Long before we hear it, we feel it.  The treble hum of one boy, then another,
intoning the notes of an
a capella that is winding its way down the long sheeny
hall toward us.  The confident girls brush the cantors away. They sing their
own rondo: a circle of chatter about girlfriends stealing girlfriends, about
sleepovers, about the sensual unknown of
after-school.    In a performance
that is part Carol Channing / part Hepburn, the lead boy presses his lips
together and mimics the long, muffled moan of the distant chant. Primping
unruly and invisible curls, he weaves his way among us, until at last he leads
his congregation in singing some of the
Ordinary – the Sanctus and the Agnes
Dei.

Of course, he is mocking her. And yet, his insolence requires such study of her
pulse, her every note, it’s difficult to see him as condemned.  He takes us to
her like a divining rod. With each approach, softer and softer, we hear the
Sanctus -- or is it the Agnes Dei? – until, with resounding confidence, the
Sanctus reigns.  By the time we reach the doorway to her classroom, we know
how her piece goes. At the threshold to Room 20, in a pitch that Johnson Public
Elementary School would rightly characterize as
religious, we are humming the
right notes.

                                         ****

It is our first week of school in the 4th grade. She is the only teacher who does
not escort us from the playground to the classroom.  
You know your way back,
she will say with a thermal hug, and we know what she means, but not really.  
There are terms here, but they are so encoded, apparently too precious to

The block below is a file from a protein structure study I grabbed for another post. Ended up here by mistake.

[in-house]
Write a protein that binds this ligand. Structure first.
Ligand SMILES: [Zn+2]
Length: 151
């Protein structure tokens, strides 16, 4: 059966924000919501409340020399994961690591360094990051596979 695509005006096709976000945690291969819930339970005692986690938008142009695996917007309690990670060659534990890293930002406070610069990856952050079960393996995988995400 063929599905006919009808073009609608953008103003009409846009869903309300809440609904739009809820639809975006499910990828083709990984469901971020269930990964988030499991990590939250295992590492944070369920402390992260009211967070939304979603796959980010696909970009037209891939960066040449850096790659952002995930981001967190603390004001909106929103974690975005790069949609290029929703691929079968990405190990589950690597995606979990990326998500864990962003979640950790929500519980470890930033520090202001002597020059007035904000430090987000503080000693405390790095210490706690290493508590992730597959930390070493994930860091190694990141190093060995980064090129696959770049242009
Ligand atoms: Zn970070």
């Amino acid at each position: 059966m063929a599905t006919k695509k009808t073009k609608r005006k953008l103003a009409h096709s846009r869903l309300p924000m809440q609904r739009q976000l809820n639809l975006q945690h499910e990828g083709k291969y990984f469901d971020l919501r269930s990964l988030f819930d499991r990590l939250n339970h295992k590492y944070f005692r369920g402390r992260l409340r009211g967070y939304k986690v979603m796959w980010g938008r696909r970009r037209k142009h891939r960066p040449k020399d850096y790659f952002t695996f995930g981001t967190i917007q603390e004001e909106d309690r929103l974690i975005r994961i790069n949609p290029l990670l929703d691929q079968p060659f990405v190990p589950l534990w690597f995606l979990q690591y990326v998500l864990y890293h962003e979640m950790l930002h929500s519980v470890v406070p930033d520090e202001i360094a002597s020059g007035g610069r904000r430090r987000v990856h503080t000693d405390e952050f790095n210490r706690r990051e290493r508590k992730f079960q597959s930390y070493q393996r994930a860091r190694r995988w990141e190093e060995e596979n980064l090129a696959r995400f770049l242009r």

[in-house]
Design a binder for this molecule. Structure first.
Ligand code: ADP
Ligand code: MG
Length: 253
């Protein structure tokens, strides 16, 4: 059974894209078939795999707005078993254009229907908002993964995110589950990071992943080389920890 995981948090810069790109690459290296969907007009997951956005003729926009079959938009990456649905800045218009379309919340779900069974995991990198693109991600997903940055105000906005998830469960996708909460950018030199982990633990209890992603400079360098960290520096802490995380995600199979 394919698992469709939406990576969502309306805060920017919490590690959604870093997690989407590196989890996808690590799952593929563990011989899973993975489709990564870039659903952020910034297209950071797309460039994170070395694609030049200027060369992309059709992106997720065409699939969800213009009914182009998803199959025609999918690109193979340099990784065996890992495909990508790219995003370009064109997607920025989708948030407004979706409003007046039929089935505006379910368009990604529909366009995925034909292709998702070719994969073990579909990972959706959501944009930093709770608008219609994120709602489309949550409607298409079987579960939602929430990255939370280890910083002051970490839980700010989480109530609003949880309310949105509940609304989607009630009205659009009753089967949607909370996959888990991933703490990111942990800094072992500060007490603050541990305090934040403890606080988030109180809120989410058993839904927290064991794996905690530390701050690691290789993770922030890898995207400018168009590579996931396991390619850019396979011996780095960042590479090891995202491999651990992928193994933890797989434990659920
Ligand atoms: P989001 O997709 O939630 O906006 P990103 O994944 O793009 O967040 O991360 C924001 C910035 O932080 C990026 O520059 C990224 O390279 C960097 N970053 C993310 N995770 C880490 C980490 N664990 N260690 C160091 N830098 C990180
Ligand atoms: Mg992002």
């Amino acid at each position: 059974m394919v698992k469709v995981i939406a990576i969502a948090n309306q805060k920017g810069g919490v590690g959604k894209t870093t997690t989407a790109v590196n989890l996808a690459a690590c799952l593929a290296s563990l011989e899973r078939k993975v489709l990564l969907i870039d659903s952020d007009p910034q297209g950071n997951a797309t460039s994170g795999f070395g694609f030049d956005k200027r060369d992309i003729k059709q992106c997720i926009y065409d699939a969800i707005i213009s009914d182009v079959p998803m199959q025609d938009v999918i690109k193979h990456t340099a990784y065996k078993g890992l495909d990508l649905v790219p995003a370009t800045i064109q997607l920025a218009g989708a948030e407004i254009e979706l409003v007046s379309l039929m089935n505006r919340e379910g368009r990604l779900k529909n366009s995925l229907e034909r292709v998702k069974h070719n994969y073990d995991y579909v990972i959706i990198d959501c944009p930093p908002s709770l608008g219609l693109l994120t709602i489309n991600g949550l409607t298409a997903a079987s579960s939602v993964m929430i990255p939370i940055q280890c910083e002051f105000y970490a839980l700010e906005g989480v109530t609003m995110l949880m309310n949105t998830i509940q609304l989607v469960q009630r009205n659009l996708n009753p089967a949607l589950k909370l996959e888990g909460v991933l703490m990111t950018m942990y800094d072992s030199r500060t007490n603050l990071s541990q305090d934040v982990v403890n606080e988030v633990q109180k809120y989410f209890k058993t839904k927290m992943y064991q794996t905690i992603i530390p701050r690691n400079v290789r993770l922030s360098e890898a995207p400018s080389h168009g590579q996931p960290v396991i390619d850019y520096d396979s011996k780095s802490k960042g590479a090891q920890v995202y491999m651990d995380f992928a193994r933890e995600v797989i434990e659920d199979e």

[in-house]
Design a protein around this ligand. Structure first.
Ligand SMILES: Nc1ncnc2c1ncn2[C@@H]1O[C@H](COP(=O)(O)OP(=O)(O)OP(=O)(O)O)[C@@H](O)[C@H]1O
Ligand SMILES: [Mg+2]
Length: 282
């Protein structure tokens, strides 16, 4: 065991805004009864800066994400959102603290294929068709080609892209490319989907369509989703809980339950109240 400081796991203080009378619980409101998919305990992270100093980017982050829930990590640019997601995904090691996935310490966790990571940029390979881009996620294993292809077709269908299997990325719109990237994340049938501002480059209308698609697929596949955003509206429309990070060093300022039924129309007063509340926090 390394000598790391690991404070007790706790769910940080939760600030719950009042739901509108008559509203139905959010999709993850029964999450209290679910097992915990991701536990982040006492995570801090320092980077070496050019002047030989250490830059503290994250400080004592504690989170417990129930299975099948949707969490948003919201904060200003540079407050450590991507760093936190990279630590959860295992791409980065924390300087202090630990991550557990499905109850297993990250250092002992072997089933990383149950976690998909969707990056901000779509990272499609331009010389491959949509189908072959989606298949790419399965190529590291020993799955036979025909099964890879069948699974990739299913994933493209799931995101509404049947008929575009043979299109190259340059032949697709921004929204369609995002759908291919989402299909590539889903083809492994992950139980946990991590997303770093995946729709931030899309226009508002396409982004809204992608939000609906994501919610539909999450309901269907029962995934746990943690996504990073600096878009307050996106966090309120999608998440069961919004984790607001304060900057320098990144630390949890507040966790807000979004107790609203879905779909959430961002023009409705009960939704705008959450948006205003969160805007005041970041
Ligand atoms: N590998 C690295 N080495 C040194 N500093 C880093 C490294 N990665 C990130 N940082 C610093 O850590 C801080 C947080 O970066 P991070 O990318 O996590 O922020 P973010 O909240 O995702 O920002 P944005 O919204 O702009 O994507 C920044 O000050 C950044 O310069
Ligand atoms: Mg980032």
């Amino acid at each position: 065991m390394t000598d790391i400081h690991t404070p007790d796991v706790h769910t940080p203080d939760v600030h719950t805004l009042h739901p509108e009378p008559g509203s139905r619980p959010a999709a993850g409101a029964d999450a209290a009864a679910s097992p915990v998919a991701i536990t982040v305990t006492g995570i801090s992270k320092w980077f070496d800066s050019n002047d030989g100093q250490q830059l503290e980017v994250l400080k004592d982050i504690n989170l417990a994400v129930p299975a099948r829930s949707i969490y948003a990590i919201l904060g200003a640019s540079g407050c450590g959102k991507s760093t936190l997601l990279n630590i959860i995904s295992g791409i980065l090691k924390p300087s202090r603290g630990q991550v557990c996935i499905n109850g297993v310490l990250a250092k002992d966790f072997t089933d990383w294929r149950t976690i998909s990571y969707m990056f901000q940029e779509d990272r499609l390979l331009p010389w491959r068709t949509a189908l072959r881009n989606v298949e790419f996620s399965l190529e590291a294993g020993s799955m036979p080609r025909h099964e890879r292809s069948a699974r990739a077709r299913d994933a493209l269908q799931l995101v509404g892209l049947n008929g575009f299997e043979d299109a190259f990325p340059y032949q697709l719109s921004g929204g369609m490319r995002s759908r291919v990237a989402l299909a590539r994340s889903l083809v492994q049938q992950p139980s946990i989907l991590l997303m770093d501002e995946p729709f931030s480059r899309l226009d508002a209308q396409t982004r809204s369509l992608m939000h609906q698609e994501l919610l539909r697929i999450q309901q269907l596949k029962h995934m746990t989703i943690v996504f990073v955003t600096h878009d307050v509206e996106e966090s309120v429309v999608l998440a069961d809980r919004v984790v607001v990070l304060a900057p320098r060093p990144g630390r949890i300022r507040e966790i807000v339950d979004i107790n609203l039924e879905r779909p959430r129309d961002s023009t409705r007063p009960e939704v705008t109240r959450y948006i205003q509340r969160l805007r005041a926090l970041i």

iterate. It is as if the most perfunctory elements of our lives – leaving and
returning – will now require from us a new vigilance, a wakefulness.  Parents
and federal laws aside, coming back will require – oddly enough -- an exercise
of our will.

It is an exercise that we let ourselves fail. With each return, we glance through
the glass-paneled doors of the
other classrooms.  We envy the other 4th-
grade class whose teacher has so creatively drawn up her rules of conduct in
the form of the
Bill of Rights -- a giant, brown, paper scroll, unrolled for all to
read. For a look of authenticity, she has even burned the scroll’s edges and
painted in shimmering gold glitter the numbered Amendments -- laws like the
comfortable half-truths of school that we can hardly remember now.  
With each return, there is always this sideways glance, the nostalgia for
dioramas: for the promising cool of oily-blue rivers in shoeboxes, for the tedium
of Colonial-day chores made bearable under sticker-star skies and amidst
towers of Nabisco Shredded Wheat, for the parade of miniature clay resisters
buckled over by the weight of their clay berets before they can reach the
Bastille.  

We long for the cycles of seedlings in Dixie cups, for the classroom door
covered in Christmas paper as if to reveal a perfect package – a Toyland of